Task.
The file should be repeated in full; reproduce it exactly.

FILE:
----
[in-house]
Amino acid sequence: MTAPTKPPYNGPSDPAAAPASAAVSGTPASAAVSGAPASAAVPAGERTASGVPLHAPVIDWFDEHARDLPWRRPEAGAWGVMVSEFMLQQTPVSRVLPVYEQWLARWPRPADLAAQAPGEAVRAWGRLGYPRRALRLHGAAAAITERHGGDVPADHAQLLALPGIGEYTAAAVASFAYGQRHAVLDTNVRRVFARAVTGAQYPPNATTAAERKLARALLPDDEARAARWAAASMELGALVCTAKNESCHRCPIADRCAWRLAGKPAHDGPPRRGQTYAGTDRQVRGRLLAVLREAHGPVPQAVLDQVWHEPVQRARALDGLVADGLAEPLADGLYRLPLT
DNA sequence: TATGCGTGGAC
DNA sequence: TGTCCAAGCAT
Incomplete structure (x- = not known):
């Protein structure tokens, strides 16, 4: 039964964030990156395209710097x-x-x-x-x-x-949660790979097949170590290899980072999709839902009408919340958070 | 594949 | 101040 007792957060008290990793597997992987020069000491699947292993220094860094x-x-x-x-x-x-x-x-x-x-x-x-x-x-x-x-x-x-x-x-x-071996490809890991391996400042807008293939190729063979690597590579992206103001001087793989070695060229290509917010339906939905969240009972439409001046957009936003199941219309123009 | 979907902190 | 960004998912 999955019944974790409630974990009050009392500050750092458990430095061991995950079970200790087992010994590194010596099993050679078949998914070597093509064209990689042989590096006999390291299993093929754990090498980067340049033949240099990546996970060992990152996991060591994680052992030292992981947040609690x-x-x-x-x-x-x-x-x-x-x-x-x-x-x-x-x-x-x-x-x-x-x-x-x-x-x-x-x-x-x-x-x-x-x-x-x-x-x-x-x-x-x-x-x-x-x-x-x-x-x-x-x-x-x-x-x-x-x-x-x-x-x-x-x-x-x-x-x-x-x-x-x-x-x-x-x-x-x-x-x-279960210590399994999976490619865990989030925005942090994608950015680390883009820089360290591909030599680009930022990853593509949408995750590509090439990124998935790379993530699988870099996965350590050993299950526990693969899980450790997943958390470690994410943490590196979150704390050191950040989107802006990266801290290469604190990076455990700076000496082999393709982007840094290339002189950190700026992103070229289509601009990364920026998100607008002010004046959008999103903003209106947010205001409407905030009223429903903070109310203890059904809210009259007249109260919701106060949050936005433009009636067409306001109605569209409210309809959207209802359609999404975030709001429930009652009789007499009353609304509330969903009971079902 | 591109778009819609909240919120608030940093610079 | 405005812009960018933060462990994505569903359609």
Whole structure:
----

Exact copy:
[in-house]
Amino acid sequence: MTAPTKPPYNGPSDPAAAPASAAVSGTPASAAVSGAPASAAVPAGERTASGVPLHAPVIDWFDEHARDLPWRRPEAGAWGVMVSEFMLQQTPVSRVLPVYEQWLARWPRPADLAAQAPGEAVRAWGRLGYPRRALRLHGAAAAITERHGGDVPADHAQLLALPGIGEYTAAAVASFAYGQRHAVLDTNVRRVFARAVTGAQYPPNATTAAERKLARALLPDDEARAARWAAASMELGALVCTAKNESCHRCPIADRCAWRLAGKPAHDGPPRRGQTYAGTDRQVRGRLLAVLREAHGPVPQAVLDQVWHEPVQRARALDGLVADGLAEPLADGLYRLPLT
DNA sequence: TATGCGTGGAC
DNA sequence: TGTCCAAGCAT
Incomplete structure (x- = not known):
């Protein structure tokens, strides 16, 4: 039964964030990156395209710097x-x-x-x-x-x-949660790979097949170590290899980072999709839902009408919340958070 | 594949 | 101040 007792957060008290990793597997992987020069000491699947292993220094860094x-x-x-x-x-x-x-x-x-x-x-x-x-x-x-x-x-x-x-x-x-071996490809890991391996400042807008293939190729063979690597590579992206103001001087793989070695060229290509917010339906939905969240009972439409001046957009936003199941219309123009 | 979907902190 | 960004998912 999955019944974790409630974990009050009392500050750092458990430095061991995950079970200790087992010994590194010596099993050679078949998914070597093509064209990689042989590096006999390291299993093929754990090498980067340049033949240099990546996970060992990152996991060591994680052992030292992981947040609690x-x-x-x-x-x-x-x-x-x-x-x-x-x-x-x-x-x-x-x-x-x-x-x-x-x-x-x-x-x-x-x-x-x-x-x-x-x-x-x-x-x-x-x-x-x-x-x-x-x-x-x-x-x-x-x-x-x-x-x-x-x-x-x-x-x-x-x-x-x-x-x-x-x-x-x-x-x-x-x-x-279960210590399994999976490619865990989030925005942090994608950015680390883009820089360290591909030599680009930022990853593509949408995750590509090439990124998935790379993530699988870099996965350590050993299950526990693969899980450790997943958390470690994410943490590196979150704390050191950040989107802006990266801290290469604190990076455990700076000496082999393709982007840094290339002189950190700026992103070229289509601009990364920026998100607008002010004046959008999103903003209106947010205001409407905030009223429903903070109310203890059904809210009259007249109260919701106060949050936005433009009636067409306001109605569209409210309809959207209802359609999404975030709001429930009652009789007499009353609304509330969903009971079902 | 591109778009819609909240919120608030940093610079 | 405005812009960018933060462990994505569903359609």
Whole structure: